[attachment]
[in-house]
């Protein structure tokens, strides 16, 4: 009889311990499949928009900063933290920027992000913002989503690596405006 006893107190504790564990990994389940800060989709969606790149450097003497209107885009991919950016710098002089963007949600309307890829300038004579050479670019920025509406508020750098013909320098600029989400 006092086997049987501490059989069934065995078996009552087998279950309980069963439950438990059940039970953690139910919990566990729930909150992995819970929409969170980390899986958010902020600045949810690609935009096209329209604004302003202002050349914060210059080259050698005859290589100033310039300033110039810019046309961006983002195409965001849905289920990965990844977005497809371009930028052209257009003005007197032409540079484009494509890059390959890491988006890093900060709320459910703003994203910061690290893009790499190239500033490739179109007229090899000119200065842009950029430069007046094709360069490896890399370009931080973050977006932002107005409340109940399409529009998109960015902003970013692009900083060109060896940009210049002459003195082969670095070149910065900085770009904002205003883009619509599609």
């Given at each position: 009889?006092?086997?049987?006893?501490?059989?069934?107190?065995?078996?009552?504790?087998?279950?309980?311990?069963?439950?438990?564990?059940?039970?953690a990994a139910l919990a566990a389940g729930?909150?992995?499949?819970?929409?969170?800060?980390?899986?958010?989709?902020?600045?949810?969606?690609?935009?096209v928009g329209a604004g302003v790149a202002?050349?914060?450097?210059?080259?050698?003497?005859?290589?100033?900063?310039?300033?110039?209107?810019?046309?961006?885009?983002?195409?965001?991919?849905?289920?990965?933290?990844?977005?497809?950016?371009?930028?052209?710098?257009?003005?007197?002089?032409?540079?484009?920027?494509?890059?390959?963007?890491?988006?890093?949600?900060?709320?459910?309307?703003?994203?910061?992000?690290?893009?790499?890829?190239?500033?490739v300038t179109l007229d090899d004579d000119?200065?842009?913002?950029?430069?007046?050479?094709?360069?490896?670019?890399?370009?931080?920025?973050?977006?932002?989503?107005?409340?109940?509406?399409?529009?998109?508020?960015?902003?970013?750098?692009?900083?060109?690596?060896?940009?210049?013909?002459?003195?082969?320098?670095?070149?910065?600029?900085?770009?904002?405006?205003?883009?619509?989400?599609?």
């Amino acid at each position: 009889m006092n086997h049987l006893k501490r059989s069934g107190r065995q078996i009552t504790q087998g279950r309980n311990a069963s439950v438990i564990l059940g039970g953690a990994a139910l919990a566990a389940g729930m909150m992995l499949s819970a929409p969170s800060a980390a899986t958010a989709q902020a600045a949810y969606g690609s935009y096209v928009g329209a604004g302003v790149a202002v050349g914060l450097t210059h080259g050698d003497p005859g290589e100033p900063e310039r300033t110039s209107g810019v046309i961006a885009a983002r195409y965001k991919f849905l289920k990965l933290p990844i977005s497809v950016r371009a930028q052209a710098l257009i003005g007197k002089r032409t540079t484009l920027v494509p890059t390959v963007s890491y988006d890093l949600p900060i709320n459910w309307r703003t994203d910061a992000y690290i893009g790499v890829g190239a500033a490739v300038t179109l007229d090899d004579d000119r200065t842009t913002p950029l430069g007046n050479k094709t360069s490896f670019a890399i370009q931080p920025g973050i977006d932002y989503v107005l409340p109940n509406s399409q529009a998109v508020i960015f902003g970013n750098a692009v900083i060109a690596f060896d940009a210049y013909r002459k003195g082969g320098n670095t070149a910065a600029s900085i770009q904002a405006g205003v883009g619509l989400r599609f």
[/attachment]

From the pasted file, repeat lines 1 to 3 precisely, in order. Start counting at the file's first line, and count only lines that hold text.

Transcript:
[in-house]
């Protein structure tokens, strides 16, 4: 009889311990499949928009900063933290920027992000913002989503690596405006 006893107190504790564990990994389940800060989709969606790149450097003497209107885009991919950016710098002089963007949600309307890829300038004579050479670019920025509406508020750098013909320098600029989400 006092086997049987501490059989069934065995078996009552087998279950309980069963439950438990059940039970953690139910919990566990729930909150992995819970929409969170980390899986958010902020600045949810690609935009096209329209604004302003202002050349914060210059080259050698005859290589100033310039300033110039810019046309961006983002195409965001849905289920990965990844977005497809371009930028052209257009003005007197032409540079484009494509890059390959890491988006890093900060709320459910703003994203910061690290893009790499190239500033490739179109007229090899000119200065842009950029430069007046094709360069490896890399370009931080973050977006932002107005409340109940399409529009998109960015902003970013692009900083060109060896940009210049002459003195082969670095070149910065900085770009904002205003883009619509599609």
């Given at each position: 009889?006092?086997?049987?006893?501490?059989?069934?107190?065995?078996?009552?504790?087998?279950?309980?311990?069963?439950?438990?564990?059940?039970?953690a990994a139910l919990a566990a389940g729930?909150?992995?499949?819970?929409?969170?800060?980390?899986?958010?989709?902020?600045?949810?969606?690609?935009?096209v928009g329209a604004g302003v790149a202002?050349?914060?450097?210059?080259?050698?003497?005859?290589?100033?900063?310039?300033?110039?209107?810019?046309?961006?885009?983002?195409?965001?991919?849905?289920?990965?933290?990844?977005?497809?950016?371009?930028?052209?710098?257009?003005?007197?002089?032409?540079?484009?920027?494509?890059?390959?963007?890491?988006?890093?949600?900060?709320?459910?309307?703003?994203?910061?992000?690290?893009?790499?890829?190239?500033?490739v300038t179109l007229d090899d004579d000119?200065?842009?913002?950029?430069?007046?050479?094709?360069?490896?670019?890399?370009?931080?920025?973050?977006?932002?989503?107005?409340?109940?509406?399409?529009?998109?508020?960015?902003?970013?750098?692009?900083?060109?690596?060896?940009?210049?013909?002459?003195?082969?320098?670095?070149?910065?600029?900085?770009?904002?405006?205003?883009?619509?989400?599609?």